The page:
A Catholic school on Long Island, New York, has forced the White headmaster of the school to resign following reports that he had a Black student kneel before a teacher in apology last month.
The headmaster called the form of apology the “Nigerian” and “African way” to apologize.
The incident was made public after the boy’s parent, Trisha Paul went to the local press and the headmaster was removed from his job at St. Martin de Porres School in Hempstead, New York, according to New York Daily News.
The school issued a statement yesterday saying that the headmaster has resigned following the incident involving the 11-year-old boy and that a new certified school administrator has been put in charge.
The school also promised to continue to review the incident to ensure it never happens again.
Speaking with CNN, the boy’s mother, Trisha Paul explained upon his return from school, she noticed her son seemed sad and when she asked him what happened, the boy narrated how he he had been sent to the headmaster’s office for working on an assignment in his Literature class during designated reading time.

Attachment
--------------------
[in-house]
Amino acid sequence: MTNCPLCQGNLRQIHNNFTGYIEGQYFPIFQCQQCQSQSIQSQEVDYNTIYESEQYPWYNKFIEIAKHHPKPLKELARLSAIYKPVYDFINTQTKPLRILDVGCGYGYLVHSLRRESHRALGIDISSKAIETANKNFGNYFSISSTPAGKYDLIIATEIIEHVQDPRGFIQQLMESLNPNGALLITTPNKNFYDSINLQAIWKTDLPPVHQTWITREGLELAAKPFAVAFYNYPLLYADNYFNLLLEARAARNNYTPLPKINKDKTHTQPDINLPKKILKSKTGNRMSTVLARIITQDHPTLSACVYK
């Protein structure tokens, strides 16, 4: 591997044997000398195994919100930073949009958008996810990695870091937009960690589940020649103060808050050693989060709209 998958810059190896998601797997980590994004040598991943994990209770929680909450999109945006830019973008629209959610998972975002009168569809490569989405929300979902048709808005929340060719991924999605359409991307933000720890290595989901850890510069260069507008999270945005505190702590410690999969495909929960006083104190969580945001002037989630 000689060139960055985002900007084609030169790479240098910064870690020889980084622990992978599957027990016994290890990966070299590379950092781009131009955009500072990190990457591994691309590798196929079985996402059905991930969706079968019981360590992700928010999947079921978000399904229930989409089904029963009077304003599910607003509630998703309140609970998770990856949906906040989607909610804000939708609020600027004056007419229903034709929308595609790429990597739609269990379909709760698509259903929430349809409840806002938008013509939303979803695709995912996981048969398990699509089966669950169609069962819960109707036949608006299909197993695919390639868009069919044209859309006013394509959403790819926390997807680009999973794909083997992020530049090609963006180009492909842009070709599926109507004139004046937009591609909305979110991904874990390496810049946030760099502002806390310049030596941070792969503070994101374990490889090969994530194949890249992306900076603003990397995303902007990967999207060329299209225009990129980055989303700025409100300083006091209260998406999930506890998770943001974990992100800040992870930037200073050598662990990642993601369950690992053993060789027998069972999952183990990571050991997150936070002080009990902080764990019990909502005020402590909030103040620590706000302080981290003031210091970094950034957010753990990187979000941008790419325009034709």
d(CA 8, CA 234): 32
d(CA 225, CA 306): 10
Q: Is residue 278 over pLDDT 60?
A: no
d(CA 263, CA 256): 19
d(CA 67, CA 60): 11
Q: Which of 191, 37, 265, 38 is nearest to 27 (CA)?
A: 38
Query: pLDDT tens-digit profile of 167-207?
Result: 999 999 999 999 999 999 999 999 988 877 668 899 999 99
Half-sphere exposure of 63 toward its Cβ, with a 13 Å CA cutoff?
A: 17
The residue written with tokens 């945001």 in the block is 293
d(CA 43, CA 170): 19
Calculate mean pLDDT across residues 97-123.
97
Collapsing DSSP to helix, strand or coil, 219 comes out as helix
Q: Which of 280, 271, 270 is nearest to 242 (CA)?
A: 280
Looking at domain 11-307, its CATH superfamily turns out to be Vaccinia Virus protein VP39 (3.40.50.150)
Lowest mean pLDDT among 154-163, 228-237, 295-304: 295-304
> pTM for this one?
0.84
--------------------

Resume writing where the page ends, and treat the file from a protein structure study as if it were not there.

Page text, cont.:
She said her son’s teacher took the assignment, tore it up, and brought her son to the headmaster’s office. Once there, Paul said, the headmaster told her son to kneel before the teacher and apologise
Trisha said that when the headmaster called a few days later and she brought up the matter, “He began to tell me a story about an African family that attended the school many years ago.”
Trisha said the headmaster told her about a former student whose father had once told him (the student) to bow when apologizing, saying it was “the Nigerian way.”
Trisha, a Black Haitian descent, added, “I was just at a loss for words. I didn’t understand the relevance. I was really sad and disappointed.”
And when she went to the headmaster’s office for clarification, he told the story again, according to her, “This time, it was ‘the African way.’”
The woman cried out that her son was “humiliated and degraded”, adding that he has become extremely quiet”, and that “his interactions with everyone — family, friends — has changed. He’s sad. He has questions. He’s just trying to cope with this.”
“We are not all the same,” she said. “We are not all Africans. We are not all Nigerians,” she lamented.